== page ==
Allen Mendenhall Interviews Emily Carpenter, Author of “The Weight of Lies”

AM: The Weight of Lies is a thriller that critics have labeled as “Southern Gothic.”  Are they right? 

EC: I wholeheartedly endorse the Southern Gothic label. There are some other elements at play in the book—bits of romance, horror, and family drama—but overall, I’d really hoped for that delicious moss-draped, muddy, “there’s-something-off-about-this-place” feel you get in the best Southern Gothic books. The bulk of the novel takes place on a private island off the coast of Georgia. Throw in a mysterious, unsolved murder, and, frankly, it doesn’t get more Southern Gothic than that.

Emily Carpenter

AM: And you live in Georgia

EC: I do. I am from Alabama and went to Auburn University, but have—for the most part—lived in Georgia since the 90s. I’ve had the good fortune to vacation on Sea Island, St. Simons and explore several of the other smaller islands off the coast, and they provided the inspiration for Bonny, the fictitious island in the book.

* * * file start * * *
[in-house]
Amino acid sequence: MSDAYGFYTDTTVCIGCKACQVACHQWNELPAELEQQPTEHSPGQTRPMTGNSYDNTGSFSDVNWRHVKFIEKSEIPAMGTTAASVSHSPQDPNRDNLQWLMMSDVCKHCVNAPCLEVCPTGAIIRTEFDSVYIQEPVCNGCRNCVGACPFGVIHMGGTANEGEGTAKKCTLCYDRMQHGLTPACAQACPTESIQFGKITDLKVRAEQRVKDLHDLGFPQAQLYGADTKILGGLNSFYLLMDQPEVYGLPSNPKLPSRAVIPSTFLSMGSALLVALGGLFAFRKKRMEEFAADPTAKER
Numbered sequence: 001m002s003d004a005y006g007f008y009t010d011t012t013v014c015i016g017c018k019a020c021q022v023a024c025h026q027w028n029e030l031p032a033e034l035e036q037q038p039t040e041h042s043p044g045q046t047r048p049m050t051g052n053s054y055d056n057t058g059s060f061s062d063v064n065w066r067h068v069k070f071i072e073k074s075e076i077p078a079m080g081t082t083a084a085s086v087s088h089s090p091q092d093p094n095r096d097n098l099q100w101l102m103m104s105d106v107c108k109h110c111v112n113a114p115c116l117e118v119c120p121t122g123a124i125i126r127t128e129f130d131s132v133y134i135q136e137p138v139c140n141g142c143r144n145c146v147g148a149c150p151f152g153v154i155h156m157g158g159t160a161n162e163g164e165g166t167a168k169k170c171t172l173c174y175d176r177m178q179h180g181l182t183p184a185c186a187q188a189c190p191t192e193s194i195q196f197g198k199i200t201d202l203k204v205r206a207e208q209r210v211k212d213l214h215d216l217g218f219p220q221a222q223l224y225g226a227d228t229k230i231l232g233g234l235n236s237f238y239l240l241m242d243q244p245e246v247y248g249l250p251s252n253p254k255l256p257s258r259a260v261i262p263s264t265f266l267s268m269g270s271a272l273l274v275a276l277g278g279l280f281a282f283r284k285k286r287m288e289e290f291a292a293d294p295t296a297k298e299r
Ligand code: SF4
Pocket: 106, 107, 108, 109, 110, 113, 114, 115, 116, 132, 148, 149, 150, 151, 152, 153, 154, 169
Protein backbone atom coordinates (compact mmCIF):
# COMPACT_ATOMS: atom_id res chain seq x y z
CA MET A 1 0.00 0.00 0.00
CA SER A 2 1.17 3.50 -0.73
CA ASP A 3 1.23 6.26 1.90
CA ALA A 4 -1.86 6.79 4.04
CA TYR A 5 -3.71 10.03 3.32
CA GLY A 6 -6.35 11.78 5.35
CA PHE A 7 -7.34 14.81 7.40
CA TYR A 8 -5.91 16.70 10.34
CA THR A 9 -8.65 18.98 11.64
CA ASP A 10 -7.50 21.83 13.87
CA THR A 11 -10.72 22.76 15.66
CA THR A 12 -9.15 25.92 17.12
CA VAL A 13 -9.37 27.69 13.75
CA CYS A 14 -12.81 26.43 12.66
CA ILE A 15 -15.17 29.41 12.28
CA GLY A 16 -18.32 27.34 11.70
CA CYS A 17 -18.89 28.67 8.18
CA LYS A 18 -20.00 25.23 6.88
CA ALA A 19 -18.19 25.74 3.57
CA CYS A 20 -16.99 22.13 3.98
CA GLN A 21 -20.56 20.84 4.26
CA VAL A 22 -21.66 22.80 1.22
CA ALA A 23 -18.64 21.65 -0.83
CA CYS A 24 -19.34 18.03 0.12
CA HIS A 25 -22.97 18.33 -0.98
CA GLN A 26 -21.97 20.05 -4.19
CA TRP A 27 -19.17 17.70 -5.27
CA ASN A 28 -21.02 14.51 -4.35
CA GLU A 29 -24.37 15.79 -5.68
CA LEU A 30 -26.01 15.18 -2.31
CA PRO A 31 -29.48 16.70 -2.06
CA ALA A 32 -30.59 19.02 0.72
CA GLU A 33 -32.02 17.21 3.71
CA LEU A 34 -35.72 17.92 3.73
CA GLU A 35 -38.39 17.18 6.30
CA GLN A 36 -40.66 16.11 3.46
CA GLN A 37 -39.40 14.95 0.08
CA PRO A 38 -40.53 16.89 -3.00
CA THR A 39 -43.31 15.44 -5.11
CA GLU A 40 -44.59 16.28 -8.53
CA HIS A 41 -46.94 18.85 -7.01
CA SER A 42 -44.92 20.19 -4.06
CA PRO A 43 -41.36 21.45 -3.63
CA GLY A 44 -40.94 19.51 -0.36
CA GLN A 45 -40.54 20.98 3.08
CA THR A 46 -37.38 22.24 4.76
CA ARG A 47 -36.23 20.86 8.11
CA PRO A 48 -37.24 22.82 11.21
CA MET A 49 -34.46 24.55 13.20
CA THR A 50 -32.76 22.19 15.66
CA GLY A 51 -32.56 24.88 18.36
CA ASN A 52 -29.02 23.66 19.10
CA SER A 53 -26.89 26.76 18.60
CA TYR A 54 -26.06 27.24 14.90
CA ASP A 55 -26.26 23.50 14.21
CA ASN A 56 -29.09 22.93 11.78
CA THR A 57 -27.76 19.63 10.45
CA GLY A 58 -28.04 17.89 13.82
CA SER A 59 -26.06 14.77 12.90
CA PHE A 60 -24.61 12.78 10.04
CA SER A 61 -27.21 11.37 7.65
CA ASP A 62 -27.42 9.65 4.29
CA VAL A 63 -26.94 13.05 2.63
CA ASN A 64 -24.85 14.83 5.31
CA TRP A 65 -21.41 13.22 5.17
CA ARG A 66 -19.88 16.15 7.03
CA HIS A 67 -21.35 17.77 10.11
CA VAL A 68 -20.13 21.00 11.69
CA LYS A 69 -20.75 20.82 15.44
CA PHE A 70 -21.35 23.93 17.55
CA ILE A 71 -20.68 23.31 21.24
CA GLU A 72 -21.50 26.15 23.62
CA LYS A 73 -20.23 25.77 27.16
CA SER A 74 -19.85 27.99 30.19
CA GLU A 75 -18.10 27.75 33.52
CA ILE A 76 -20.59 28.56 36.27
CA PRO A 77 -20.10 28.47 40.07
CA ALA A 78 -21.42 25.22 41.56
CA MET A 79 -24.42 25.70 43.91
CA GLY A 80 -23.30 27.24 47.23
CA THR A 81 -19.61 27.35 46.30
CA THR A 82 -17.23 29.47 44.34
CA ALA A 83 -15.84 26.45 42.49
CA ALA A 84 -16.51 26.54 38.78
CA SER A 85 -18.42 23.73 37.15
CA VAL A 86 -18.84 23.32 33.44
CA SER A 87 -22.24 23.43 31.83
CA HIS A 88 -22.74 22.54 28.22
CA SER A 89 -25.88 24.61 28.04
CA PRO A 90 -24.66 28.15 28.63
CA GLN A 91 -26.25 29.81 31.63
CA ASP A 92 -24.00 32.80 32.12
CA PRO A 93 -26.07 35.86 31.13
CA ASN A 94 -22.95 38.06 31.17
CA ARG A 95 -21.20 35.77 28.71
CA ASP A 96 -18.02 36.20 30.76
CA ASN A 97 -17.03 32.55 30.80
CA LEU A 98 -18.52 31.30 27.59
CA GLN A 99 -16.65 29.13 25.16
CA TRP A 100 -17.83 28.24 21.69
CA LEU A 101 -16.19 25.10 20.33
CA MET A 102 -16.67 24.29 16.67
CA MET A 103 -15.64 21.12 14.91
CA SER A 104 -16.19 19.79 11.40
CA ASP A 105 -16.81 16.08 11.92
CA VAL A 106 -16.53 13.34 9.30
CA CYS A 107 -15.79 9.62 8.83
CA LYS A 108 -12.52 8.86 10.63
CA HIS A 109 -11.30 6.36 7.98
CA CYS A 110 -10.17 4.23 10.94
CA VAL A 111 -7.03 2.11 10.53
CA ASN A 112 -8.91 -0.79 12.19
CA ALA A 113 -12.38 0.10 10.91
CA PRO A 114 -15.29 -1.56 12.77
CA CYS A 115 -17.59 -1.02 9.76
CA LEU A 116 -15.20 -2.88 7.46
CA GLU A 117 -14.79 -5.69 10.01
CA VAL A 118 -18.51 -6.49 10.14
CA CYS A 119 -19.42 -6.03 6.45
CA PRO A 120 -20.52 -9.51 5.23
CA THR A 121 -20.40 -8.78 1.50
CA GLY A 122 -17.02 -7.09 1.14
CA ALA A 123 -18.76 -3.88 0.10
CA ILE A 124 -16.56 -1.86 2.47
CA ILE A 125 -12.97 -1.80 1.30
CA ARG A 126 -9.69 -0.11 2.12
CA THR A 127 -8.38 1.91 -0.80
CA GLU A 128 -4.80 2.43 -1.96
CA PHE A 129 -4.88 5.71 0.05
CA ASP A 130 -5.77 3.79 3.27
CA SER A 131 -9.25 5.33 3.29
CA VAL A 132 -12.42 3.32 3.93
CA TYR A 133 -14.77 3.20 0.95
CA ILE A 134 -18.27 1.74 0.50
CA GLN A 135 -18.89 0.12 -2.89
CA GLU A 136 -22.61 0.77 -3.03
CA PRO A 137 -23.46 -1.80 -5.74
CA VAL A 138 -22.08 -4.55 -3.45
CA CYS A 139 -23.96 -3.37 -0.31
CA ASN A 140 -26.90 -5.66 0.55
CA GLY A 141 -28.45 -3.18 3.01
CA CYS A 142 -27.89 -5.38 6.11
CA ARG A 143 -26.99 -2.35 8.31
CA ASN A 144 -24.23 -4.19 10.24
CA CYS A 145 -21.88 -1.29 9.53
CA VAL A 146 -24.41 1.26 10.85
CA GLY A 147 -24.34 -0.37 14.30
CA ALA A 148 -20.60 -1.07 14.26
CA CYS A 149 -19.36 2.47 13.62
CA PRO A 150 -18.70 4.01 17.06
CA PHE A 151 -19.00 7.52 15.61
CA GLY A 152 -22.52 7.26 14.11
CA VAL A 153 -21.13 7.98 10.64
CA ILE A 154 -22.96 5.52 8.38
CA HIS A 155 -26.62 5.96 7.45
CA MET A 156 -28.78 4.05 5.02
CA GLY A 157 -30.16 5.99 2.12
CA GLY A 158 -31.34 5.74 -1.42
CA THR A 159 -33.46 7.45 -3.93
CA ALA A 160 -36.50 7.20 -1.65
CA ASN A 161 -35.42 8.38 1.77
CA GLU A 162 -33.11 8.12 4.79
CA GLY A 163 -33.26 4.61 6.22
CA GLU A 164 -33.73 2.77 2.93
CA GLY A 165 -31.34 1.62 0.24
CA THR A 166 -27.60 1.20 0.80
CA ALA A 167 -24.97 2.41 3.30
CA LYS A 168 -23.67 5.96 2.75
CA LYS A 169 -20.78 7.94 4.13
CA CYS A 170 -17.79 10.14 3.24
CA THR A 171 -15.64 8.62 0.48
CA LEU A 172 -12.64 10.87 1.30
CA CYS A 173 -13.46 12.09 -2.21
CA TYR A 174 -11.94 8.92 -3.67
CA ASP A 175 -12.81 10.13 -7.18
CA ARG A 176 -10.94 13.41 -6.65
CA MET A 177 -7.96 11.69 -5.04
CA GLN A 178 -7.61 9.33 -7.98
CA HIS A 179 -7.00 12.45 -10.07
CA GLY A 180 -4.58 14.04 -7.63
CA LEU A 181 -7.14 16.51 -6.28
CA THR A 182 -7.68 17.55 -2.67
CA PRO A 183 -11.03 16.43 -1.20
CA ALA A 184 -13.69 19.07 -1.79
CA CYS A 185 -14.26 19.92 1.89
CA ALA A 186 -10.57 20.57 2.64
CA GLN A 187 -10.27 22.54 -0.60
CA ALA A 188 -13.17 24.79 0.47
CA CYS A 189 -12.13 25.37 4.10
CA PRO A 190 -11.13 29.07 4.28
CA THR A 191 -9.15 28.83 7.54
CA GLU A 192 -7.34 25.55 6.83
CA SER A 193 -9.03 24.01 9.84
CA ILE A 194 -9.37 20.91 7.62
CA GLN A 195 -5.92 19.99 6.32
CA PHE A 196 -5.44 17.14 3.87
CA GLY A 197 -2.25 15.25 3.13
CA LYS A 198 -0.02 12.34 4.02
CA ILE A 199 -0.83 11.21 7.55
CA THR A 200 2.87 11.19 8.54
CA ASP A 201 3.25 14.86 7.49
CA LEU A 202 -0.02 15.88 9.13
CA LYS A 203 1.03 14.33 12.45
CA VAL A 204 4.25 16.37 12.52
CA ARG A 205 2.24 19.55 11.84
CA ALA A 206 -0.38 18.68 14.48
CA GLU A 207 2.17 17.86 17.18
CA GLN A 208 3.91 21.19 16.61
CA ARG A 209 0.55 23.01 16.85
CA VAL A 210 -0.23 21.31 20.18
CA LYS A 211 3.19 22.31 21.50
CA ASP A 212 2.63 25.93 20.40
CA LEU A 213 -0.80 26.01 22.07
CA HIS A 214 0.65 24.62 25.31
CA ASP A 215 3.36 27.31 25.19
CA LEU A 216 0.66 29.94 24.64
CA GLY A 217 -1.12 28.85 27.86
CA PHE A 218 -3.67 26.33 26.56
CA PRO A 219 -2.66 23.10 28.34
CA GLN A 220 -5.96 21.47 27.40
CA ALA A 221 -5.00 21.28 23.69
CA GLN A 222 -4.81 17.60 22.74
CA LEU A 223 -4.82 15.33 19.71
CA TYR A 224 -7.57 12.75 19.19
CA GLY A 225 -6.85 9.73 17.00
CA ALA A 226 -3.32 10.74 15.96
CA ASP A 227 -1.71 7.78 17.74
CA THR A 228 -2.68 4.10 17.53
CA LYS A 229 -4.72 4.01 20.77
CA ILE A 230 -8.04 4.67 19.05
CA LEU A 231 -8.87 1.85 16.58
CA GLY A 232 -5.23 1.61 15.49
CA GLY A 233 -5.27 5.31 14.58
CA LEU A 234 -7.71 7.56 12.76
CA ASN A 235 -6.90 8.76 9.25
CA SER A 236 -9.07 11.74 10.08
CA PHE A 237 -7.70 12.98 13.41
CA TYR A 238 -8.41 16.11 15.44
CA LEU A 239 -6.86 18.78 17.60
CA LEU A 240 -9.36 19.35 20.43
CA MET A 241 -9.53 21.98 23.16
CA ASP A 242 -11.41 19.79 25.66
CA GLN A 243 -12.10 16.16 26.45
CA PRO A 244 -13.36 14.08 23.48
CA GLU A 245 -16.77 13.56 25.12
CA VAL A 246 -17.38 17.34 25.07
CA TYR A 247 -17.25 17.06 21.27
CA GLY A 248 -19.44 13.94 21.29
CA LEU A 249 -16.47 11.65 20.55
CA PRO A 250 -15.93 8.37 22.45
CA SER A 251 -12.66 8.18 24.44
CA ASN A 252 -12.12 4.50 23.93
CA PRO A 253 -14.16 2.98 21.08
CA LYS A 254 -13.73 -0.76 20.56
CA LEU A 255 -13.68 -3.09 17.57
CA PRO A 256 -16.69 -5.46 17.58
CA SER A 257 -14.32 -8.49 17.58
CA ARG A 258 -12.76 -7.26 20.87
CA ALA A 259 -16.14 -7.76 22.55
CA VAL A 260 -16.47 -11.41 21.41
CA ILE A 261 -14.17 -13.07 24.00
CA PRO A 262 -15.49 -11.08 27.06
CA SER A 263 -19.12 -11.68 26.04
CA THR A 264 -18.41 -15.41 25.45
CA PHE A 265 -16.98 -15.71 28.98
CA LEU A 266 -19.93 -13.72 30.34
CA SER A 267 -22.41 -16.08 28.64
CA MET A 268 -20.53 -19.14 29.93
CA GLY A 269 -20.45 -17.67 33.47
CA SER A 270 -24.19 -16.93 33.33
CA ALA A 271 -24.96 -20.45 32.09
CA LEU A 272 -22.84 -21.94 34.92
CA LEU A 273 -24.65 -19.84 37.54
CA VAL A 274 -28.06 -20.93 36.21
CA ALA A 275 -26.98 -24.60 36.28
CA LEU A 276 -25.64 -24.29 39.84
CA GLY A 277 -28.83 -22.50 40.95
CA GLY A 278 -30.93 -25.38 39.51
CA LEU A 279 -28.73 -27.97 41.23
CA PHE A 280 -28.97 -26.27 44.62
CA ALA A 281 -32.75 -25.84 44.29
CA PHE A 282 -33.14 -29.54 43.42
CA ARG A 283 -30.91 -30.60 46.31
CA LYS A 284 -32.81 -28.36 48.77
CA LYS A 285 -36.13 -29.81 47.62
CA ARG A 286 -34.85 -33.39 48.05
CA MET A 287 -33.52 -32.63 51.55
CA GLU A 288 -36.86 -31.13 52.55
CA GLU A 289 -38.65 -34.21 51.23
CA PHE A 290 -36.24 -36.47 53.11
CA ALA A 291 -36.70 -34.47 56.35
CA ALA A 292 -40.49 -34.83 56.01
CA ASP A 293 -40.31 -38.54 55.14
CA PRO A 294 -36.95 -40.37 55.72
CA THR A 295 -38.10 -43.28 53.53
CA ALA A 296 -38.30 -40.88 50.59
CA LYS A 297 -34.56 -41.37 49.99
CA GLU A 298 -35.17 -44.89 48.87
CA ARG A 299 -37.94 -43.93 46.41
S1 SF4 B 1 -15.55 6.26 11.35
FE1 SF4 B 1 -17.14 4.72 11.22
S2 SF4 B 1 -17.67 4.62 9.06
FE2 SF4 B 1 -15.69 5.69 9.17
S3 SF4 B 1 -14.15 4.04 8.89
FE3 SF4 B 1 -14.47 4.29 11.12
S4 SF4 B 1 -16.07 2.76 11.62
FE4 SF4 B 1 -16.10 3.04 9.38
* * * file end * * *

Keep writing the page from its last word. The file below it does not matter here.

AM: War Eagle! I live in Auburn and earned my doctorate there. Do you ever make it back?

EC: I do occasionally. I love Auburn—have great memories there. I miss it. War Eagle!

AM: Central to The Weight of Lies is book-within-a-book framing: Your characters write or have written books. How did you come up with this approach?

EC: It’s a job I know, obviously, being a writer, and so can speak with a little bit of authority on it. Which means I didn’t have to do a whole lot of research.

But seriously, the book-within-a-book structure is definitely not an idea I came up with. Other books have done it—one I’m thinking of in particular is Rainbow Rowell’s Fangirl.

I didn’t necessarily set out to handle it like she did, with the brief excerpts of the book inserted every other chapter, but as the novel evolved, I discovered that approach seemed to work for the narrative and injected a lot more tension and suspense into what was going on, so I did end up doing it.

I was fascinated that this young woman Meg could’ve grown up with such a wildly famous novelist mother—basically her whole life was shaped by the success of one book—and she had never managed to read it. I think that said a lot about who she was as a person, how she had dealt with things in her life. And so this is the turning point where she’s finally going to just read the damn thing, see what all the fuss is about and decide for herself if her mother is a hero or villain or something in between.